A trial in the US on Tuesday sentenced a Vietnamese to 13 years in jail for hacking into US firms’ computers to steal personal information of nearly 200 million US citizens for sale.
The US Department of Justice said in a statement on its website that Ngo Minh Hieu, 25, was sentenced under federal charges of wire fraud, identity fraud, access device fraud, computer fraud and abuse.
Hieu pleaded guilty of hacking into the computers of businesses in New Jersey.
Between 2007 and 2013, he used online black markets including superget.info and findget.me from Vietnam to offer to sell the stolen packages to around 1,300 cyber criminals throughout the world.
The packages included a person’s name, date of birth, social security number, bank account number and bank routing number, payment card number, address and phone number.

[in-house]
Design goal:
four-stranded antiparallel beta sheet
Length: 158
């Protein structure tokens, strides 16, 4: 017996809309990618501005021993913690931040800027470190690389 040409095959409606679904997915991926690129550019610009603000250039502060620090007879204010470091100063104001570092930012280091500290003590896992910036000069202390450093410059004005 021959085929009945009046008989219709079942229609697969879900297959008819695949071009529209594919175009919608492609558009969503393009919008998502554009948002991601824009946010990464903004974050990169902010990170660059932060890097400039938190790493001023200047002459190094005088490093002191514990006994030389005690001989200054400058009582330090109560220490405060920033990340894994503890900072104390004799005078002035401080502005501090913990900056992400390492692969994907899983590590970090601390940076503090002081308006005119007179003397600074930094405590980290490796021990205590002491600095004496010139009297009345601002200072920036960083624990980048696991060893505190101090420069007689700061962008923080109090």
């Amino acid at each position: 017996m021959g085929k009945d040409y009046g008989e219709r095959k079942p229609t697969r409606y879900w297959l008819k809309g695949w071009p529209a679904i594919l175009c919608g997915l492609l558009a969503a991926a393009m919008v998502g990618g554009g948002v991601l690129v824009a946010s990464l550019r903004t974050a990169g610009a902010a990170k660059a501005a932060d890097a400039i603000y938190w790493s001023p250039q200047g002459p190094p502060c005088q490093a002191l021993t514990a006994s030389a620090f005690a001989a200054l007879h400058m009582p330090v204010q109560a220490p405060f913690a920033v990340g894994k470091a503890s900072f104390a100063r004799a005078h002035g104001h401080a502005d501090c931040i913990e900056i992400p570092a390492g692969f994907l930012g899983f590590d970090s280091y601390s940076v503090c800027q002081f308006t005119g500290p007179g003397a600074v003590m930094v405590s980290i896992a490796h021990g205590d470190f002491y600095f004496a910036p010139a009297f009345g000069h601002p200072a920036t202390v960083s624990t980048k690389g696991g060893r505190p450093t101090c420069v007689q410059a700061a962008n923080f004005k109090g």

He made nearly $2 million from the scheme, under the nicknames hieupc and traztaz659, according to the trial.
The US Internal Revenue Service has confirmed that the information of 13,673 US citizens were used in the filing of $65 million in fraudulent individual income tax returns.
Assistant Attorney General Leslie R. Caldwell said: “Criminals buy and sell stolen identity information because they see it as a low-risk, high-reward proposition.”
The prosecution is one way to change that analysis, Caldwell said, cited in the department’s statement.
Cyber security site KrebsOnSecurity said Hieu pretended to be a private investigator to acquire the information from credit report provider Experian and its member company Court Ventures.
US agents lured him out of Vietnam over a business offer and arrested him in February 2013.